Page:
Cornhill Magazine,  7 (1863), 189–202.

The Punishment of Convicts

[J Fitzjames Stephen]




Crime, Taxonomy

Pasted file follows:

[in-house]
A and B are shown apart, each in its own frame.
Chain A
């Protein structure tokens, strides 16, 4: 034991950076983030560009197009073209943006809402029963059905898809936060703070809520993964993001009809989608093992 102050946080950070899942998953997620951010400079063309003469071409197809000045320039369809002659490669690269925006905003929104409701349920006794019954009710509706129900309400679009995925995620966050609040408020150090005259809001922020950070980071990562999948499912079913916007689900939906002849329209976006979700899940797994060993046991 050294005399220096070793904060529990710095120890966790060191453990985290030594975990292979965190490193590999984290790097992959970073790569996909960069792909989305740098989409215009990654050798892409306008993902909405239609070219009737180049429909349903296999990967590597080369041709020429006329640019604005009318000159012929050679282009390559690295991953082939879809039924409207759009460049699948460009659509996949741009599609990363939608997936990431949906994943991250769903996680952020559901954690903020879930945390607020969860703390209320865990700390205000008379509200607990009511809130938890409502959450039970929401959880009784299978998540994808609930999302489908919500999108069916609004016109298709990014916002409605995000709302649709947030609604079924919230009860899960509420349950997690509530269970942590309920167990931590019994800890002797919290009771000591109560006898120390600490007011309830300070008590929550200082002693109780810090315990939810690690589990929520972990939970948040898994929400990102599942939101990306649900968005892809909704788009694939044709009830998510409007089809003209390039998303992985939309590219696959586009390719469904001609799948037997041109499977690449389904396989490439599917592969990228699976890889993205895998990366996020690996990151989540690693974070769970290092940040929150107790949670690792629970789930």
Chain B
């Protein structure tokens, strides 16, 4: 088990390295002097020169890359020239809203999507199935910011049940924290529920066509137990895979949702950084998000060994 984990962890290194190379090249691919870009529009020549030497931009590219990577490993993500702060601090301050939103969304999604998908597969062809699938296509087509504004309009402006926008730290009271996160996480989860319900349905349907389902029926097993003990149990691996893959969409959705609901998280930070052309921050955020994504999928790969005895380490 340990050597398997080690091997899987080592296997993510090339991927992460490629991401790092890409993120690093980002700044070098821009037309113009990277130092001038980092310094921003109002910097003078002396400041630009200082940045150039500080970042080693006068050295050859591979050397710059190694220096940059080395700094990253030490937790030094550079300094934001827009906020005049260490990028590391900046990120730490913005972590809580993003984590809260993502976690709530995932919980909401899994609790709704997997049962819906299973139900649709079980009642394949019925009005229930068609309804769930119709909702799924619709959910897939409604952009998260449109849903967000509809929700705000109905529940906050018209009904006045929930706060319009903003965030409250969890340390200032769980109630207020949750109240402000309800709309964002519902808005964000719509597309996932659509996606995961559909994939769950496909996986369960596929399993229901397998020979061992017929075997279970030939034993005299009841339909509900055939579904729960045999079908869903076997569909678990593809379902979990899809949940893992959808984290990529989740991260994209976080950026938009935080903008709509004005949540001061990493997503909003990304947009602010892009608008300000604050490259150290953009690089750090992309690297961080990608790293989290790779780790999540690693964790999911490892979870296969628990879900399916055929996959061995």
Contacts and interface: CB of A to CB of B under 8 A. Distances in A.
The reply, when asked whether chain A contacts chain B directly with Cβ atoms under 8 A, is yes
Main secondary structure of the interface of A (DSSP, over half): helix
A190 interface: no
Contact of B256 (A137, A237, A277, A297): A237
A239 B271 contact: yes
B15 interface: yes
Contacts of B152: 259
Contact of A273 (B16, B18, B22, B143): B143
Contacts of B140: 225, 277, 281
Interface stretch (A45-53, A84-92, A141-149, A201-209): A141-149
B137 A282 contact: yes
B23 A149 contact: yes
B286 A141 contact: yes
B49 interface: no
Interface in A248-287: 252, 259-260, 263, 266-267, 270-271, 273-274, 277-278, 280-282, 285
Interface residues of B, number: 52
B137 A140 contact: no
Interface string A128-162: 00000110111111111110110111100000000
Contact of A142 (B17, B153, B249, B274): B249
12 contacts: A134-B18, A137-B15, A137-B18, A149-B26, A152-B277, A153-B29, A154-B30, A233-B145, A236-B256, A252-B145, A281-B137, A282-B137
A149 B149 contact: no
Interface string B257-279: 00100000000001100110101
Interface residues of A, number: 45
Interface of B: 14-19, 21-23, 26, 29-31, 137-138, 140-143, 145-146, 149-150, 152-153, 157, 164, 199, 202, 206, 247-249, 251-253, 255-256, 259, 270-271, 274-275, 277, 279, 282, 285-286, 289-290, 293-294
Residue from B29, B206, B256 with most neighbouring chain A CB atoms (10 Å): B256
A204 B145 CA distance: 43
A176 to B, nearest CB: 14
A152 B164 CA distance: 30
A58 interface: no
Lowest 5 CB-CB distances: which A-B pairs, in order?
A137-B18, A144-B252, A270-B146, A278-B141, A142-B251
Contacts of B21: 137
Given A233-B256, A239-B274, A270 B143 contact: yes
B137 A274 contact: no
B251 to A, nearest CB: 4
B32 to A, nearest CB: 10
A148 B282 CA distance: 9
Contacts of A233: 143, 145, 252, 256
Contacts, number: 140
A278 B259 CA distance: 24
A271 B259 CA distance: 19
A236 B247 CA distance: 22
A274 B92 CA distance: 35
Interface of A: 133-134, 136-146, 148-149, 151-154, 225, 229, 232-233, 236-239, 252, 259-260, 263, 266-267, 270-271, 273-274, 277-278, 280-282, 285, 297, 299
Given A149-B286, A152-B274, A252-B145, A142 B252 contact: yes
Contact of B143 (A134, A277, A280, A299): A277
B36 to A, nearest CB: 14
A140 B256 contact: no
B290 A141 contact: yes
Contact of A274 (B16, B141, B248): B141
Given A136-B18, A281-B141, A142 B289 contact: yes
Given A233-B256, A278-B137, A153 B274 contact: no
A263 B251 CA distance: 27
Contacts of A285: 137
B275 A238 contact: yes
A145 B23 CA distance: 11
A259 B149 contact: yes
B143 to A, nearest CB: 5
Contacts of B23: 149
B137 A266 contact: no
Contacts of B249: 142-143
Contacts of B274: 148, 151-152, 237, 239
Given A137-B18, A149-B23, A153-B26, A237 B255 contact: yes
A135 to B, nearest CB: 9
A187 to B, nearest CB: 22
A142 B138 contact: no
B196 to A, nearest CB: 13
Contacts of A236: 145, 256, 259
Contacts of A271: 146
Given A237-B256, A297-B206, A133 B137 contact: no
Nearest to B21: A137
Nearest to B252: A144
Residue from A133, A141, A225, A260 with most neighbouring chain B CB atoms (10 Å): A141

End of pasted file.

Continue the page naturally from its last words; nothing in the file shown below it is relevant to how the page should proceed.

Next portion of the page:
Contends that the 'criminal law is at present in the condition in which medical practice would be if, after bestowing the utmost possible care on the diagnosis of a disease, a physician took no trouble at all about his prescription', and 'after spending half the morning in finding out that his patient was consumptive, should politely show him the door, saying as he did so, "Go and spend 25l. in drugs at such a chemists"'. What is required is the 'classification of crimes, the classification of criminals, and the classification of punishments' in order to 'bestow upon the punishment of offenders a degree of care bearing some sort of proportion to that which is at present expended, wisely and properly, on the proof of the fact that they are criminals'. This 'classification of crimes ought to be based on the moral sentiment which the crime would excite in the public at large if it were an isolated act in the life of a man otherwise unobjectionable', and would ensure that offenders were always given a punishment appropriate to their particular crime. (195)

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